Timor-Leste: Scars, Trauma and the Road to Independence

A relatively young country, Timor-Leste is also a fiercely proud one. Its recent history is traumatic in the extreme: upon gaining independence from Portugal in 1975, it fell under Indonesian rule until 2002.

This was not a happy period. As their new overlords conducted a campaign of pacification, resulting in an enormous loss of life, Timor found itself slowly smothered. Outside help failed to materialise as authority slowly, but inexorably, ceded to the Indonesian administration. Rebellious sentiment fostered and fermented: in 1999 an UN-backed referendum saw Timor-Leste vote to claim independence.

The resulting chaos left a profound mark on the country, a scar which continues to heal. Bands of brigands, opposed to the vote and backed by Indonesian forces, ran roughshod over the country, bringing the country to its knees as civil war raged. Timor was torn asunder; innocents massacred, infrastructure decimated. Banks, hospitals, power stations, schools: all destroyed by the departing Indonesians to leave the young nation clinging to survival. A dense black pall descended.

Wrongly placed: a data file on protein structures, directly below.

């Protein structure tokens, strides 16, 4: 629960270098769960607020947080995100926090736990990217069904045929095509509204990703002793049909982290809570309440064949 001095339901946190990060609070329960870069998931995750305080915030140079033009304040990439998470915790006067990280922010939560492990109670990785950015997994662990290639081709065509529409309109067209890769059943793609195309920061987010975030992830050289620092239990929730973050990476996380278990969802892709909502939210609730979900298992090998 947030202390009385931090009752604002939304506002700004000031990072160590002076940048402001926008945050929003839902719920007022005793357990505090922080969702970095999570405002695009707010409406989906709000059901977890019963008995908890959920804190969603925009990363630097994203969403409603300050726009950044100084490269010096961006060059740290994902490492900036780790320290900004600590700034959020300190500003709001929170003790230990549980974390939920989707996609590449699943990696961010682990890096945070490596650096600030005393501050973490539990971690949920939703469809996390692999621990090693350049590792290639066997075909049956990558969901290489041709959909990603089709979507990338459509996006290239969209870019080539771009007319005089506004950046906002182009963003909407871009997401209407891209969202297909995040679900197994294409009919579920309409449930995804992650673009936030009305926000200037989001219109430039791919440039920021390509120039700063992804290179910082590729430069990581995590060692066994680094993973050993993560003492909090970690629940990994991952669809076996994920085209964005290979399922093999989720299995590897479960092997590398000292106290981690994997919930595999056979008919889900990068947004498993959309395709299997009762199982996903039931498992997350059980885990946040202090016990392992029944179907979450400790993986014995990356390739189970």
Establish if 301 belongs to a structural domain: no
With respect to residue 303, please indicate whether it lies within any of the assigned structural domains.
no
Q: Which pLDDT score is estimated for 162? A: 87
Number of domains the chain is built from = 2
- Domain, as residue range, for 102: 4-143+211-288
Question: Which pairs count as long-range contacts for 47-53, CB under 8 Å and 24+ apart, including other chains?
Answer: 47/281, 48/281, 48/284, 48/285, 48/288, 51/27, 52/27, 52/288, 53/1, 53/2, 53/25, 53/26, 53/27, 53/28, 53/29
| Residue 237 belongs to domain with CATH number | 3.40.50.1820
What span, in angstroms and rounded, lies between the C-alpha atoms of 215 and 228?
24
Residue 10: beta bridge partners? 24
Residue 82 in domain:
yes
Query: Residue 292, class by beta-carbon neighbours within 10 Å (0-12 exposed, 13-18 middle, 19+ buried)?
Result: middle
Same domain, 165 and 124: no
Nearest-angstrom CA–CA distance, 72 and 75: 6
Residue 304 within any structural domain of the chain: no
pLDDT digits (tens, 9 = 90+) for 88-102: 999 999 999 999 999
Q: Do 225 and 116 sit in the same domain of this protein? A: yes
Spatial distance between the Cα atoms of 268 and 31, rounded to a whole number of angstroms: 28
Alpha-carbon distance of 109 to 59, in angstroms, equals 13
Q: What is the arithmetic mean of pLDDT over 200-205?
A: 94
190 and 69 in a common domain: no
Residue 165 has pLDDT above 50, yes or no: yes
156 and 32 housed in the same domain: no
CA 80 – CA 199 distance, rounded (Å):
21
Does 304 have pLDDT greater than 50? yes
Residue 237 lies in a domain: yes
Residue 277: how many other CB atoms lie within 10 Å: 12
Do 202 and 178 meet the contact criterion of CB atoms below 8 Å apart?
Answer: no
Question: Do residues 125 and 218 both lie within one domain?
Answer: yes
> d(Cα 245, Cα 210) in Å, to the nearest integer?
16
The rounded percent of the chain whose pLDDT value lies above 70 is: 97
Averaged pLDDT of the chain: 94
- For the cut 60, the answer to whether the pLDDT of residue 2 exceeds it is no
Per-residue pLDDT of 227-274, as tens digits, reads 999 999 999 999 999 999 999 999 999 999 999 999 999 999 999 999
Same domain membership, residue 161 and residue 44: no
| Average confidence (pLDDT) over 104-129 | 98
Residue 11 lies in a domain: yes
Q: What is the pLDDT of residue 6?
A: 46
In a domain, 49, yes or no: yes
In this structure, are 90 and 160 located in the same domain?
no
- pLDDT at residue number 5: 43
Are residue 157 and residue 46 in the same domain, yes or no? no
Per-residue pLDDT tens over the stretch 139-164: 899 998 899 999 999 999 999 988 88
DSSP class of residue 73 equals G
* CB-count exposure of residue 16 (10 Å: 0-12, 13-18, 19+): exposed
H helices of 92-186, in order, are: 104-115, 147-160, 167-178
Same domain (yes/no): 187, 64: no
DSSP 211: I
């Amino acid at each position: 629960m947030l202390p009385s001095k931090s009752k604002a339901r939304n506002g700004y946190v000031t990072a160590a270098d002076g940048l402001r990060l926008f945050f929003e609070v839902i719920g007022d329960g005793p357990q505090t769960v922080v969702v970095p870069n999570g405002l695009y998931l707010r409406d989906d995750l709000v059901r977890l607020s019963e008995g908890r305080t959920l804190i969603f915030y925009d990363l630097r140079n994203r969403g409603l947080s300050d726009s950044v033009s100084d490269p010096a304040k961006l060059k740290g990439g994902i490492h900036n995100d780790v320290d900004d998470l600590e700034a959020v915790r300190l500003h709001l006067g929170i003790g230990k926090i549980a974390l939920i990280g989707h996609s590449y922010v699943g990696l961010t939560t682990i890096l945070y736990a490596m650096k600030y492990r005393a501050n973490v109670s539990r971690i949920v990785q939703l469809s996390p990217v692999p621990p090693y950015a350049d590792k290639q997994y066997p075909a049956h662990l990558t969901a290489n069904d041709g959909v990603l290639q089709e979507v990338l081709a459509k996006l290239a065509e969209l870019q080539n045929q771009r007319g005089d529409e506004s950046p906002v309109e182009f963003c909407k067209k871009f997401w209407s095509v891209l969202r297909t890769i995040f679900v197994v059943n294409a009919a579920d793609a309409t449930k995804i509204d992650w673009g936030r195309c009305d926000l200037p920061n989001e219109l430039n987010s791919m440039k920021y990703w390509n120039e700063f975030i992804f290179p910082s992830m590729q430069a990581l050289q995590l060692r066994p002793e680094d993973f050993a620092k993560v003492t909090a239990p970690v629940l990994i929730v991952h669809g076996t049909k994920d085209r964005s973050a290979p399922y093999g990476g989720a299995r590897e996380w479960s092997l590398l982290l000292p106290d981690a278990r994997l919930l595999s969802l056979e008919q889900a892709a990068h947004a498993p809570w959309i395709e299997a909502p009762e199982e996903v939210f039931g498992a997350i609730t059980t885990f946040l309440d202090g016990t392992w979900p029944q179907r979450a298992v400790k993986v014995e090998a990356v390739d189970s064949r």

Recovery has been sure, but slow. The twenty years since have seen Timor trying to find its feet. There have been wobbles, and the inescapable feeling of being observed by outside forces has never vanished. But still, Timor continues to grow and escape the shackles of its history, a proud nation attempting to forge its path into the future.

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